• The only one PBB flame retardant in use has ceased production in May 2000.

    • Penta-BDE is expected to be probably phased-out by the EuropeanCommission before end 2003.

    • The European Commission has proposed on June 2000 two draft Directives:the first one on Waste Electrical & Electronic Equipment (WEEE) which mainobjective is to shift the responsibility for the collection, recycling and re-use ofend-of-life E&E products onto E&E producers; The second directive proposalon the restriction of substances (ROS) contains a list of substances proposed tobe phased out of use in the production of E&E equipment by the year 2004.

    .• The Commission has informed EBFRIP that eco-label systems, such as

    “German Blue Angel”, excluding the use of certain BFRs, are a voluntarycertification without any obligation on producers or providers to join it.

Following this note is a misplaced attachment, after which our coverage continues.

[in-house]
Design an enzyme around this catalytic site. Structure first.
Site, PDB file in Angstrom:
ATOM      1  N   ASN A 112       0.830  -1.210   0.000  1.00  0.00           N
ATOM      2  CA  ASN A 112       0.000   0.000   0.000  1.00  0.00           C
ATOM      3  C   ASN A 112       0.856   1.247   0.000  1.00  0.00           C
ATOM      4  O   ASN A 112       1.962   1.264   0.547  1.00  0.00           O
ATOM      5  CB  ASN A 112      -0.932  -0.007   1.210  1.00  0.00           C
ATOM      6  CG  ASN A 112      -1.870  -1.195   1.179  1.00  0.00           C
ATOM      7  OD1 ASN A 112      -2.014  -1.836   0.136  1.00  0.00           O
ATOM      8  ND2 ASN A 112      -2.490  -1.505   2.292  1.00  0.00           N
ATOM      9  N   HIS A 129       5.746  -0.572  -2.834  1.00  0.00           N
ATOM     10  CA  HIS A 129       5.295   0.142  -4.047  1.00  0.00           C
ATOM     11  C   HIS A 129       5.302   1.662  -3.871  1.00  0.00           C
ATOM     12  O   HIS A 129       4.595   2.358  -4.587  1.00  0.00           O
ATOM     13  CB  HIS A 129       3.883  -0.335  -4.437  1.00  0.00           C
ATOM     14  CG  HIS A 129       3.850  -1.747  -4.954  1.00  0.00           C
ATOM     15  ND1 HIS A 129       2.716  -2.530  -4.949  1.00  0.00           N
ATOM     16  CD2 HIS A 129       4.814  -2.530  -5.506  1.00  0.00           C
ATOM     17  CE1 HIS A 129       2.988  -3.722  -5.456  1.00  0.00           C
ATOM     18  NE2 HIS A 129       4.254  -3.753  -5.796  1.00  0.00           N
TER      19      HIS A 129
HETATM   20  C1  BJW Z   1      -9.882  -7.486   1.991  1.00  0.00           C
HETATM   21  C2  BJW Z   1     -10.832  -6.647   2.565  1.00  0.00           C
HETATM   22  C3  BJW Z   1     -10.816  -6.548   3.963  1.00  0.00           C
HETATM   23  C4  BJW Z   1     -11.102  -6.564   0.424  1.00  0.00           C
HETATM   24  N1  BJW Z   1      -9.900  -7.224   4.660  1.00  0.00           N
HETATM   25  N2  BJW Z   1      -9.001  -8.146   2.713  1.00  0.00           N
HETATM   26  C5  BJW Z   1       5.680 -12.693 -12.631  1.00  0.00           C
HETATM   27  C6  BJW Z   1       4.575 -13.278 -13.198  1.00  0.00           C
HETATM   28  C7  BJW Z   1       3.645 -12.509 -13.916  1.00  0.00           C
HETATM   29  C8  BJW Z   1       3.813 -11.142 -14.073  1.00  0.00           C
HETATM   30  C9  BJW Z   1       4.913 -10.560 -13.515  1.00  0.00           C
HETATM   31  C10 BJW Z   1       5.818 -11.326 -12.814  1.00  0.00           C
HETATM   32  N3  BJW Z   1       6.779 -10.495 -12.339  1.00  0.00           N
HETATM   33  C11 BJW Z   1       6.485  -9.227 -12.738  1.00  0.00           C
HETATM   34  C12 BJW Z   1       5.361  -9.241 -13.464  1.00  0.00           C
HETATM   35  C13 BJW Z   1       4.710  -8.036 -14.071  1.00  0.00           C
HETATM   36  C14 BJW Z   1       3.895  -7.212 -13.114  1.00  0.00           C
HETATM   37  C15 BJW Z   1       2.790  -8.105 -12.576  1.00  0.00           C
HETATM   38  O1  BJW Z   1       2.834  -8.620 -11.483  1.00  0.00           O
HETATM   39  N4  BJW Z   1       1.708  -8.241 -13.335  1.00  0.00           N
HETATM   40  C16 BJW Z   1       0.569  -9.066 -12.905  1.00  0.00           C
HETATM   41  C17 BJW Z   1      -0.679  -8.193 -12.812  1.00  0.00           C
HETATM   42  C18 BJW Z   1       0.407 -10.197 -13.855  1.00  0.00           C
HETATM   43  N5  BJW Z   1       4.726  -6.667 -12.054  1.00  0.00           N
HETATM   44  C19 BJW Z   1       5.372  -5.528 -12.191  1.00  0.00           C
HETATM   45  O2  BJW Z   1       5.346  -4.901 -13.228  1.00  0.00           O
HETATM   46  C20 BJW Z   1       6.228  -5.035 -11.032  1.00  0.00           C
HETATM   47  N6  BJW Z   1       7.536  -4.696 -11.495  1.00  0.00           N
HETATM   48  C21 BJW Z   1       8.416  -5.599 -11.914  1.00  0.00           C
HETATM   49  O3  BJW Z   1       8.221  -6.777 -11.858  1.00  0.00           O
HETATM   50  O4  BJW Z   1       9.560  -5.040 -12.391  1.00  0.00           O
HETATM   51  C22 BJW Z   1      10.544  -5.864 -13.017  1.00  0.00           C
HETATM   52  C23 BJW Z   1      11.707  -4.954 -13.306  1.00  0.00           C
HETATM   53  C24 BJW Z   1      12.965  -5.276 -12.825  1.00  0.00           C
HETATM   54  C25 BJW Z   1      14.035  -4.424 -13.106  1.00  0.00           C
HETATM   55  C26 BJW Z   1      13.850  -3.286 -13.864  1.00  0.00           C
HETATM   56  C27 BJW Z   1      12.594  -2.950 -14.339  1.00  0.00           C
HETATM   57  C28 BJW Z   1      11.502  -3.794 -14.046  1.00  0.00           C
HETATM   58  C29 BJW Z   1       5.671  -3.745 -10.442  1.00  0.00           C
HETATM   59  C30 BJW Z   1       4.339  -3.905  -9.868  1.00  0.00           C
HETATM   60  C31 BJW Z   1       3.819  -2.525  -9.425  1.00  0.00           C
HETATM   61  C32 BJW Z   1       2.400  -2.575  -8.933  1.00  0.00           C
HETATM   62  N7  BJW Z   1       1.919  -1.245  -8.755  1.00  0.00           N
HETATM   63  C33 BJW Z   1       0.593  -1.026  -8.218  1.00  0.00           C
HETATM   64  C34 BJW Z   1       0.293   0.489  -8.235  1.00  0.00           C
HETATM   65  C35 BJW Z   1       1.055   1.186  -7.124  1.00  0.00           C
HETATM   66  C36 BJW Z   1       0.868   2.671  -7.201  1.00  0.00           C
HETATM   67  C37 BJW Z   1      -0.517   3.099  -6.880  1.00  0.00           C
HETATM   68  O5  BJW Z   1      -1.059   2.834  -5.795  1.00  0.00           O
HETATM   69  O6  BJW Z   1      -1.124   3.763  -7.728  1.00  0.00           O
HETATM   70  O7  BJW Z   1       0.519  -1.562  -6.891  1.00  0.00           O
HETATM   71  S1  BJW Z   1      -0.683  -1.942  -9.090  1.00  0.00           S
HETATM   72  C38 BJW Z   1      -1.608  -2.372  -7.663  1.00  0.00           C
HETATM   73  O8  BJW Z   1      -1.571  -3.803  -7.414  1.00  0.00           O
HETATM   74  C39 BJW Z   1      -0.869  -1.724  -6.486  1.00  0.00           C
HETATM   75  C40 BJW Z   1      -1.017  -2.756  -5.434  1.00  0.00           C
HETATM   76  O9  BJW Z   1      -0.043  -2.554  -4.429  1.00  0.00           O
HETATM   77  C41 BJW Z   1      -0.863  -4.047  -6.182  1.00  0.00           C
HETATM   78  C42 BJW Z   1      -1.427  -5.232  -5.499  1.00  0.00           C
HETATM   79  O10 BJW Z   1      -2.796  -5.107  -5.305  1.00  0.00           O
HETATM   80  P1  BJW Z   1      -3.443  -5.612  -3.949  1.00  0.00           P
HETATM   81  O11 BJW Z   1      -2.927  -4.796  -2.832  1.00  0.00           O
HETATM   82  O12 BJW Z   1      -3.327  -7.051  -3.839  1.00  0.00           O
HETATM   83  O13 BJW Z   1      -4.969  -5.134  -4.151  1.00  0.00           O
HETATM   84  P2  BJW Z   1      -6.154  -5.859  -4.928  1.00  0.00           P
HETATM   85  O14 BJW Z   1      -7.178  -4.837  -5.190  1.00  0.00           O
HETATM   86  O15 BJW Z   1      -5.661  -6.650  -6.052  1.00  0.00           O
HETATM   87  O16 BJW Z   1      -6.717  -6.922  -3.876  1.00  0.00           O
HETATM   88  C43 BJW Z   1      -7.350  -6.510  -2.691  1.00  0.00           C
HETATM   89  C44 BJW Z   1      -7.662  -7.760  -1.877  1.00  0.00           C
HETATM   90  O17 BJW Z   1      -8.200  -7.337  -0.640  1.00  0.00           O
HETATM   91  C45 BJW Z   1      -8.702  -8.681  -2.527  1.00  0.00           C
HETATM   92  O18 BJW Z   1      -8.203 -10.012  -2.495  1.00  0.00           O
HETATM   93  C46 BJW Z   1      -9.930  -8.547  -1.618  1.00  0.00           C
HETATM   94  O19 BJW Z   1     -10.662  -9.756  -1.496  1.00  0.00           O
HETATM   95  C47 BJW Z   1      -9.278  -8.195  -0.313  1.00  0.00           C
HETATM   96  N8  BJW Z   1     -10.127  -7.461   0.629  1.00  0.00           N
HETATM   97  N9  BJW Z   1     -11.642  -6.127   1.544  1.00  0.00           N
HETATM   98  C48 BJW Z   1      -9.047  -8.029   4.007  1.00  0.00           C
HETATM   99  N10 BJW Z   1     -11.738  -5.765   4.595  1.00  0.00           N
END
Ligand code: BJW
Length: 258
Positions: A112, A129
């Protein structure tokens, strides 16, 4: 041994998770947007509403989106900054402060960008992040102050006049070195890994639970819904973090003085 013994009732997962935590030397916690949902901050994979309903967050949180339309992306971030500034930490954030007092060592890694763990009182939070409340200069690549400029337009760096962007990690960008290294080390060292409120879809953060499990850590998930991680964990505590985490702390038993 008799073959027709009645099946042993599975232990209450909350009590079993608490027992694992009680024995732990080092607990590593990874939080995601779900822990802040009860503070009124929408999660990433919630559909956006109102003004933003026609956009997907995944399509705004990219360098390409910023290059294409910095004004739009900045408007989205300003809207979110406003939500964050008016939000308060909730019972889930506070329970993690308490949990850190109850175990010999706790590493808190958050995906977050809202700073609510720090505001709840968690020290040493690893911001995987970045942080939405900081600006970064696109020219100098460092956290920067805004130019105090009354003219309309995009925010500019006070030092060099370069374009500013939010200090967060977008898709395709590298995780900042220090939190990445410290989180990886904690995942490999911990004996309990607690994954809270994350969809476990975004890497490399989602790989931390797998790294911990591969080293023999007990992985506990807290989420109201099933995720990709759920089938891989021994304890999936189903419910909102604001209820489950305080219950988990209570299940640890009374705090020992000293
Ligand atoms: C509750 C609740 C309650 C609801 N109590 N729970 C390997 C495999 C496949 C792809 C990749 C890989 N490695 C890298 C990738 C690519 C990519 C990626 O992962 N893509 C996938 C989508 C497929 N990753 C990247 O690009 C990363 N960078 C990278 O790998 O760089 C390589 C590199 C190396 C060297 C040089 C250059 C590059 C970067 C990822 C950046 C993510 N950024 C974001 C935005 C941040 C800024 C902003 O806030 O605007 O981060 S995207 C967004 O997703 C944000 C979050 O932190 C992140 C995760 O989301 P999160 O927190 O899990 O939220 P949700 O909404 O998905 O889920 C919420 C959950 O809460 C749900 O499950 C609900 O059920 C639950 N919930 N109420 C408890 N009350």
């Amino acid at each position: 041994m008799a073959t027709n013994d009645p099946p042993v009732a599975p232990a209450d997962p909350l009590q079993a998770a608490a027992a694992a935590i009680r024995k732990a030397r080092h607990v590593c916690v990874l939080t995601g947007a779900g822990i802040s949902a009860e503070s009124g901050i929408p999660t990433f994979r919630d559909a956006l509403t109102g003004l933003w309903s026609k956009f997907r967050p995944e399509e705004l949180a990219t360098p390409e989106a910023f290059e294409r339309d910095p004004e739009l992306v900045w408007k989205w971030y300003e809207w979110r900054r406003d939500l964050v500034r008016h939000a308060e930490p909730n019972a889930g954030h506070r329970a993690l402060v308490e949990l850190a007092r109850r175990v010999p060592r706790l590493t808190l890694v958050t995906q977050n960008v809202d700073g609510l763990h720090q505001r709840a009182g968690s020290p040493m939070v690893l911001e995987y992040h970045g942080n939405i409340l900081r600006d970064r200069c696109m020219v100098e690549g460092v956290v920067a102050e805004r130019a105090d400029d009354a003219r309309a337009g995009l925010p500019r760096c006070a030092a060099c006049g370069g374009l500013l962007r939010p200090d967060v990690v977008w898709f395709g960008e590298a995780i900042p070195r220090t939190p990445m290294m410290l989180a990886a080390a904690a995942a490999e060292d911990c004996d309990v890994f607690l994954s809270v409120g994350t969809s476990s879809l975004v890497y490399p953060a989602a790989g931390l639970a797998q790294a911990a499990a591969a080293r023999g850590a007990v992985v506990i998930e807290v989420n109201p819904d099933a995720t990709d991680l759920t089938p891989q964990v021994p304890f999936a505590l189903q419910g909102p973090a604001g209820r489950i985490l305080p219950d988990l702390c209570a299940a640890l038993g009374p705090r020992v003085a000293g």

• In 1995, the brominated flame retardants industry entered into a VoluntaryIndustry Commitment (VIC) with OECD. The brominated flame retardantsincluded in the VIC are the polybrominated biphenyls (PBBs) & thepolybrominated diphenyl ethers (PBDEs).

    EU Risk assessments

    The EU risk assessment process was designed to provide the regulator with ascientific process by which to assess the need for risk reduction measures concerningindividual chemical substances. Being science-based, it takes time to amass andanalyse the scientific data. It is therefore fortunate that the WEEE & ROS Directivescome at a time when one of the major groups of BFRs – the 3 PBDEs flame retardants– is soon to be the subject of finalised conclusions under the EU risk assessmentprocess. While finalised conclusions are expected beginning 2001, preliminaryconclusions indicate that there is no need for risk reduction measures as concerns themain PBDEs used in E&E applications: Octa-BDE and, in particular, Deca-BDE. 2 Risk assessment of bis(pentabromophenyl)ether (decabromodiphenyl ether), Final Draft, August 1999

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    17